We found that none of the 19 instruments had been evaluated for all nine psychometric properties recommended by COSMIN . Further, none of the included studies reported on interpretability and cross-cultural validity. All in all, there was limited evidence on the psychometric properties of SF-8, RAND-36, QOLS, EUROHIS-QoL-8, PROMIS-43, and M-QLI. SF-36 was the most used instrument, but there was sparse evidence on Cronbach’s alpha for all scales of the instrument, as well as on other psychometric properties. A few instruments were evaluated in two or more studies and on three or more psychometric properties: EQ-5D-3L, PROMIS-GSF, MGI, and MAPP-QOL. Based on the number of reported psychometric properties in multiple studies, there was most information on SF-12, WHOQOL-BREF, QOL-GRAV, and PQOL. These instruments were all primarily assessed in Asian countries, but SF-12 was also assessed in some studies from Europe, North America, and Oceania. WHOQOL-BREF was also assessed in Europe, Africa, and Oceania, and QOL-GRAV also in Europe.
As one of the first reviews to summarize research on the psychometric properties of instruments used to measure QoL in parents during pregnancy or the postpartum period, our study provides valuable information for both practice and further research. We identified 53 studies which described 19 QoL instruments, of which none were evaluated on all nine psychometric properties recommended by COSMIN . Interestingly, 83% of the studies were conducted in the last decade, with a pattern of increasing numbers of studies on evaluations of QoL instruments’ psychometric properties during the last few years. This suggests there is increasing interest in evaluations of QoL instruments for this target group and in a few years’ time there may be sufficient evidence on the instrument’s reliability and validity to undertake a thorough systematic review on the topic.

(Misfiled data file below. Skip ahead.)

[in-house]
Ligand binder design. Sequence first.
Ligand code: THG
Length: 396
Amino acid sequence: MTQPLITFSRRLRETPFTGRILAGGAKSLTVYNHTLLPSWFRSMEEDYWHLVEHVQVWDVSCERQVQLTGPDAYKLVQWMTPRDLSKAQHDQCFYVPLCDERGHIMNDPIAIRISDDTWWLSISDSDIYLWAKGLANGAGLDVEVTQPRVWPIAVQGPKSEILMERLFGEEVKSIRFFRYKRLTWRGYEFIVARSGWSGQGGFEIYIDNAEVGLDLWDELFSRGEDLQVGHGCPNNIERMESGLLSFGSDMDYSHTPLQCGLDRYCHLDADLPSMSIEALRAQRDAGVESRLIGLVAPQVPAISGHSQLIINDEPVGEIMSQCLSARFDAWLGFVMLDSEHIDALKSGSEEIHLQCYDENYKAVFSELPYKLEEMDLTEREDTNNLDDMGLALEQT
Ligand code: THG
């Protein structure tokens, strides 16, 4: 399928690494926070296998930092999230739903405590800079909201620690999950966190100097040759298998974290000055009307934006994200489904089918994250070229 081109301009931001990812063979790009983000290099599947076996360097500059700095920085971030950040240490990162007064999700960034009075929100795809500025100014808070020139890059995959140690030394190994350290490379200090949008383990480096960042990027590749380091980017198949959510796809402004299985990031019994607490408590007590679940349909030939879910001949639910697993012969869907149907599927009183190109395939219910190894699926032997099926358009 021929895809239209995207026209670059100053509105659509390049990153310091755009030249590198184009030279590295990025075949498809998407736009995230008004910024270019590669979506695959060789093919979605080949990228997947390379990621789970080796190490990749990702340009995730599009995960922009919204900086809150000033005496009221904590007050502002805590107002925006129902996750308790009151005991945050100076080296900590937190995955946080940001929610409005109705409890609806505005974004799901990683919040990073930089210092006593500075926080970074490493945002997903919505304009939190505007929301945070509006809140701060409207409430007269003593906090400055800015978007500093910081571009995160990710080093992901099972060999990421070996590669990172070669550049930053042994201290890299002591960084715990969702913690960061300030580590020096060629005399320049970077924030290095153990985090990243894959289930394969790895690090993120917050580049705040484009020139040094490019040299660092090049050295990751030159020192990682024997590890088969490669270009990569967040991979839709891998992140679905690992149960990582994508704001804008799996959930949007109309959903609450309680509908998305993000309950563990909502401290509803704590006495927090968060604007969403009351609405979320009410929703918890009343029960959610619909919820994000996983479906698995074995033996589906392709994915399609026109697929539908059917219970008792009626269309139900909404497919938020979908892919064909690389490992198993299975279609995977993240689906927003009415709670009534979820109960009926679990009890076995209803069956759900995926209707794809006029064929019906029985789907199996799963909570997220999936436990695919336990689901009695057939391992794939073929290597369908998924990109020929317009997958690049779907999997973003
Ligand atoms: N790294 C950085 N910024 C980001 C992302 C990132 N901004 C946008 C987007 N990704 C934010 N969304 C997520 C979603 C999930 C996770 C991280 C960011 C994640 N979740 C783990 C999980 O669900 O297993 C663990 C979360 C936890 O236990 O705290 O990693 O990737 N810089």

The most commonly measured psychometric properties were internal consistency and structural validity, which are part of the internal structure of an instrument. Internal structure refers to the relatedness of items in an instrument and is important to detect and determine items relevant for a scale or subscale. Evidence of structural validity, or unidimensionality, of a scale or subscale is a prerequisite to interpret measures of internal consistency . Instruments with domains that make up a subscale score are assumed to represent a construct and is thereby considered a separate measure. Psychometric properties of these instruments should therefore be evaluated for each domain [13, 14], something several of the included studies failed to do in measures of Cronbach’s alpha. Multiple studies measured Cronbach’s alpha for the total scale, despite no evidence of a total score for the instrument. This typically concerned SF-36 and SF-12, which were two of the most used instruments. Thus, the constructs of these instruments were not properly evaluated. Encouragingly, the validation studies reported Cronbach’s alpha on all applicable domains with subscale scores.